Financial Daily from THE HINDU group of publications
Tuesday, Apr 09, 2002
Industry & Economy
`Bright prospect to expand trade ties with S. Africa'
CHENNAI, April 8
THE increasing share of bilateral trade to the total world trade presents an opportunity for India to increase its trade with South Africa, according to Mr A. Vellayan, Chairman, Federation of Indian Chambers of Commerce and Industry - Southern Region.
Addressing an interactive investment opportunities forum with a visiting South African trade delegation here today, he said that bilateral trade was becoming the order of the day. India's trade with South Africa had increased to $1.5 billion in 2001-01 and could cross the $2-billion mark shortly.
Almost 60 per cent of world trade was bilateral in nature, he said.
Considering the availability of raw materials and power and its gold reserves, South Africa was an undervalued country, he said. The Murugappa group, to which he belongs, had a few joint ventures, imported raw materials and also exported sanitaryware to South Africa. From Richard's Bay in South Africa, moving raw materials to any port on the East coast of India was quicker and cheaper rather than importing from West Asia, he said.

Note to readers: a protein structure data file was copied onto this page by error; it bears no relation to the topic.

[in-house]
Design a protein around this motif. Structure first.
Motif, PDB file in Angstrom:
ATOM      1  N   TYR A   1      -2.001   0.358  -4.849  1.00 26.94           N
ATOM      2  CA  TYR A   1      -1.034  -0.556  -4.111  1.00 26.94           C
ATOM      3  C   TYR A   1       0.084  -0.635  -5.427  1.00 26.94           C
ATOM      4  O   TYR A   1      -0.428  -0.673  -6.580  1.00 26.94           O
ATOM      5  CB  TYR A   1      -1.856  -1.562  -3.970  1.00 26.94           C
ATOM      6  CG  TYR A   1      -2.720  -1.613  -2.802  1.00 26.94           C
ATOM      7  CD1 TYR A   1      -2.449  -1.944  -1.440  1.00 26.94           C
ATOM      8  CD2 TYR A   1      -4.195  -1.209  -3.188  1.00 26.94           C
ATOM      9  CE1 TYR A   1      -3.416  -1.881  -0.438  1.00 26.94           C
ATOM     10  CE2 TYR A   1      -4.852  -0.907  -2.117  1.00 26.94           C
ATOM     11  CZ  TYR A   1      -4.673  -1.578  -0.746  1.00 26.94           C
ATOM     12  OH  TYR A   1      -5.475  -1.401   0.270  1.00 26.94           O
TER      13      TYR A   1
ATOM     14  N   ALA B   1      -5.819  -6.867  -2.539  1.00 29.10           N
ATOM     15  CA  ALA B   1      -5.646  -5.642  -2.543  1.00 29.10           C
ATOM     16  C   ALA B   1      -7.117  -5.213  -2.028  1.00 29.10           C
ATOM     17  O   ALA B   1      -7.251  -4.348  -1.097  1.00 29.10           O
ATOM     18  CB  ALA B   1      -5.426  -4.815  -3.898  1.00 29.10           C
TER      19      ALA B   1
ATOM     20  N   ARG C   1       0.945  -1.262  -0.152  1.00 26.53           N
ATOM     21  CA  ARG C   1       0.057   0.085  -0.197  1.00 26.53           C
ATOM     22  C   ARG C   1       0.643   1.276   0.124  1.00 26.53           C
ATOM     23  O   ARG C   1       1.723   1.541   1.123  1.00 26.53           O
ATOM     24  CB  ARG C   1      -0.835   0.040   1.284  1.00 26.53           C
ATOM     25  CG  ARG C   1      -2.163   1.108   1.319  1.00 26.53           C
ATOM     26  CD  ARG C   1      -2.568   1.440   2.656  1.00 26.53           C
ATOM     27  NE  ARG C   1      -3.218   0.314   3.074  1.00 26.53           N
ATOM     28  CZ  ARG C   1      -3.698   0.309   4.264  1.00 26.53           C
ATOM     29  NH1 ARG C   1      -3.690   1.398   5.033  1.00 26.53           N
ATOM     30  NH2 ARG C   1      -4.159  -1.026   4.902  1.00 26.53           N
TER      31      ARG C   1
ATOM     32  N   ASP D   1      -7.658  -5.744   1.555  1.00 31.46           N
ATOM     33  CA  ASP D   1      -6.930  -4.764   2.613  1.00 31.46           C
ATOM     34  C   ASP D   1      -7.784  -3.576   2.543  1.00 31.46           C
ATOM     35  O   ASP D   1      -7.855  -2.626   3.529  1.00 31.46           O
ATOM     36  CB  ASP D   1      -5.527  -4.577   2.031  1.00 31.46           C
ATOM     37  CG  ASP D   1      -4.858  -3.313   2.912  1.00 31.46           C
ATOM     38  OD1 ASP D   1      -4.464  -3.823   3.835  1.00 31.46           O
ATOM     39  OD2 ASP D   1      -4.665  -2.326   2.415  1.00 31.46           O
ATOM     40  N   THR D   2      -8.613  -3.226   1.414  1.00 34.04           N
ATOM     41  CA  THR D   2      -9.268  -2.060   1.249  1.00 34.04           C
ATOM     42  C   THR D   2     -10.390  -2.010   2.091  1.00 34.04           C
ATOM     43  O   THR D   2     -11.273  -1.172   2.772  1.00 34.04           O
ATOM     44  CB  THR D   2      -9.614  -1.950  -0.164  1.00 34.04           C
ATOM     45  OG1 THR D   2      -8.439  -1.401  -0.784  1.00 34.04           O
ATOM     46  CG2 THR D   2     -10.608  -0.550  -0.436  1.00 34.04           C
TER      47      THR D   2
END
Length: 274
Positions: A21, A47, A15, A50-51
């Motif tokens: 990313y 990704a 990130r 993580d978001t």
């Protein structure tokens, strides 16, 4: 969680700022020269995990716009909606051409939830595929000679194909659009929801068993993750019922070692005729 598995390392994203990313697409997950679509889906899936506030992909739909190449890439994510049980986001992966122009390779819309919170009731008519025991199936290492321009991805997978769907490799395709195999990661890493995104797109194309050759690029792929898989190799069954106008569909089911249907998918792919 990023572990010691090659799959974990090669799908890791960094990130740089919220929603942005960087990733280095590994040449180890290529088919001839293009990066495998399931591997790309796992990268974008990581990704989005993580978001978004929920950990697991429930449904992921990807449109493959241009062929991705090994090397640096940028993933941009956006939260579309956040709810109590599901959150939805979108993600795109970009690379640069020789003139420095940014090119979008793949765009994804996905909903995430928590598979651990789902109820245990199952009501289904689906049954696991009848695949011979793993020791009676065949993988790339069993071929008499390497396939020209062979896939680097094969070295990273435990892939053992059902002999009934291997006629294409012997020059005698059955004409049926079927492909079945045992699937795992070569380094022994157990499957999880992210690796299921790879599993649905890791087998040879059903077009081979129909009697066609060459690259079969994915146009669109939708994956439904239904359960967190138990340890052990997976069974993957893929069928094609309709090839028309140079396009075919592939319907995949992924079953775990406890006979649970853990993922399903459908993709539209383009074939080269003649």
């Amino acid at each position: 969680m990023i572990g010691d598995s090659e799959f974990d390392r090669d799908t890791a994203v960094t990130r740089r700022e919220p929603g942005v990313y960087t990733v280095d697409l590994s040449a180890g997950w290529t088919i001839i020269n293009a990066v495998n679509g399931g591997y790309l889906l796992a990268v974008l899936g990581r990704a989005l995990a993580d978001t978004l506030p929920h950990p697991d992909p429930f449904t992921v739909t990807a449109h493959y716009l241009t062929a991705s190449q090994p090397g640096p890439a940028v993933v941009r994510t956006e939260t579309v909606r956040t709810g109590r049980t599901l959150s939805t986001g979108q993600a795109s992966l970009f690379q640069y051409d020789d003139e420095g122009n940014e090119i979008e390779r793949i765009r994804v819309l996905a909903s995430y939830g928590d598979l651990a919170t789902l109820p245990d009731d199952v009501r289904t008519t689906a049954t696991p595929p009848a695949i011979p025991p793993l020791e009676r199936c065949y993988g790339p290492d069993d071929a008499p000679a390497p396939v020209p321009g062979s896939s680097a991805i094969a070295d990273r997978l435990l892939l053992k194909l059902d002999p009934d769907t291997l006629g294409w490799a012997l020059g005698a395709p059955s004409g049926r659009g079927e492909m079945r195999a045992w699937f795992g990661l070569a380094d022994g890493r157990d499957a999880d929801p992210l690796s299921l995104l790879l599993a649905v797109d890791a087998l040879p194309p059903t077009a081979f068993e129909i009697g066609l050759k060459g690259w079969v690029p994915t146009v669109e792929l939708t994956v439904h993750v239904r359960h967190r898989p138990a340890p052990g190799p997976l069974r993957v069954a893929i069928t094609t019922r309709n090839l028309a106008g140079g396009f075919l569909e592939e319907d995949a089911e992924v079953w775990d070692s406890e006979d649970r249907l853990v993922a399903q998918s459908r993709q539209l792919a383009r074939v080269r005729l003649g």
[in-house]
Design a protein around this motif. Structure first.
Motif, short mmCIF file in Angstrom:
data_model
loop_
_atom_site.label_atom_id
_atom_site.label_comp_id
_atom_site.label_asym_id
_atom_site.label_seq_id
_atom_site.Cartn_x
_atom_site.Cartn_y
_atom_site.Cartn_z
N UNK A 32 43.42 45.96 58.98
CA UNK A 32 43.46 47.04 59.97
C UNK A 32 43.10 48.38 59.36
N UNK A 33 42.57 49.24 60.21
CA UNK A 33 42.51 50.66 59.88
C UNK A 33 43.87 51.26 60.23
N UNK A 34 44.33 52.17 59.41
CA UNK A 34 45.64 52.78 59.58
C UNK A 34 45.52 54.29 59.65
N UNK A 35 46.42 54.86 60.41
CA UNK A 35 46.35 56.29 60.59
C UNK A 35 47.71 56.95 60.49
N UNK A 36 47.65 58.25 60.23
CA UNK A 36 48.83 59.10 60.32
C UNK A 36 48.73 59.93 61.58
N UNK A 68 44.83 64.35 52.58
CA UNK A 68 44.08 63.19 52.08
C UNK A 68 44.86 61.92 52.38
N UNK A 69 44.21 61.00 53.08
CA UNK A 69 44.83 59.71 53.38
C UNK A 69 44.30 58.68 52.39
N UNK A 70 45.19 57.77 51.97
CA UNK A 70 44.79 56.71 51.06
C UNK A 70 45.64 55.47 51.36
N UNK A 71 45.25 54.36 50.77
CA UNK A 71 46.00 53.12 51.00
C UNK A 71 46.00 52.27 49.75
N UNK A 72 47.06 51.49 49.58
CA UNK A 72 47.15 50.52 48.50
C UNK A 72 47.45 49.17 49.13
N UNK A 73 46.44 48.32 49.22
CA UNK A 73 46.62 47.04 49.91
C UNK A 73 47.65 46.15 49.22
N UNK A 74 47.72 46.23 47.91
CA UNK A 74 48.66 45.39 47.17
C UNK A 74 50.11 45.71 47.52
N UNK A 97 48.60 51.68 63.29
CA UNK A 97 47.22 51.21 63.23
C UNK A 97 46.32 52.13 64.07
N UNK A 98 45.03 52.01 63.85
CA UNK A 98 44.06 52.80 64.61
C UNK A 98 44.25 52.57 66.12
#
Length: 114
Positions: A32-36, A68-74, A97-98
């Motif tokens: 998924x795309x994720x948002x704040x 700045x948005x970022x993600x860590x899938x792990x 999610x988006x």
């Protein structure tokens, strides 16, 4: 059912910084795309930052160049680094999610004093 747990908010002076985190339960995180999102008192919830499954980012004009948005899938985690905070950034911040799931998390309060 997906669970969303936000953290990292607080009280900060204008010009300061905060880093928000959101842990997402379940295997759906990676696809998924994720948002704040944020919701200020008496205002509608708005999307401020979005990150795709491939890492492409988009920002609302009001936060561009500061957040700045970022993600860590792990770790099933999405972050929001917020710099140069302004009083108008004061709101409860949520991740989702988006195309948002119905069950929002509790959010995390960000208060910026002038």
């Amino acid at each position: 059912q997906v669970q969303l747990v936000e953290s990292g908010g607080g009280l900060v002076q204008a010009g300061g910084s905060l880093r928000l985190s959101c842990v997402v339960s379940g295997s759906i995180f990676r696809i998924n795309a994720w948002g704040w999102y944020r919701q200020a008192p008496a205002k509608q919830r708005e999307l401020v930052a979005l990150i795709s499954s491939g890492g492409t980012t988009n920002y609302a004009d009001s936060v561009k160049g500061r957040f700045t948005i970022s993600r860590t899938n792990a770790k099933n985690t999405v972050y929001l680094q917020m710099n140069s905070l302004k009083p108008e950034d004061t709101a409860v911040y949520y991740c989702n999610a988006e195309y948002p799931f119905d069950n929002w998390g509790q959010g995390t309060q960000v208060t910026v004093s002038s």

The Murugappa group imports phosphoric acid for its fertiliser plant in Andhra Pradesh and exports sanitaryware - mainly in the middle and premium segments - to South Africa.
Apart from being a springboard for Indian companies for the African market, another advantage of increasing trade with South Africa was the country's preferential trade agreement with the European Union, he said.
Mr Allister Schorn, Consul - Economic Affairs, South African Consulate-General, pointed out that India and South Africa were moving towards closer economic co-operation. An example of this was the free trade agreement that would be negotiated between the two countries over the next few years.
At the session, delegates from the South African team highlighted the country's advantage, especially in power intensive industries such as chemicals, petrochemicals, metals and mining. The low cost of power was an added advantage.
Mr Sagie Reddy, New Business Development Manager, Eskom, South Africa's national electricity utility, pointed out that the cost of electricity in South Africa was almost five times lower than the average cost in India.
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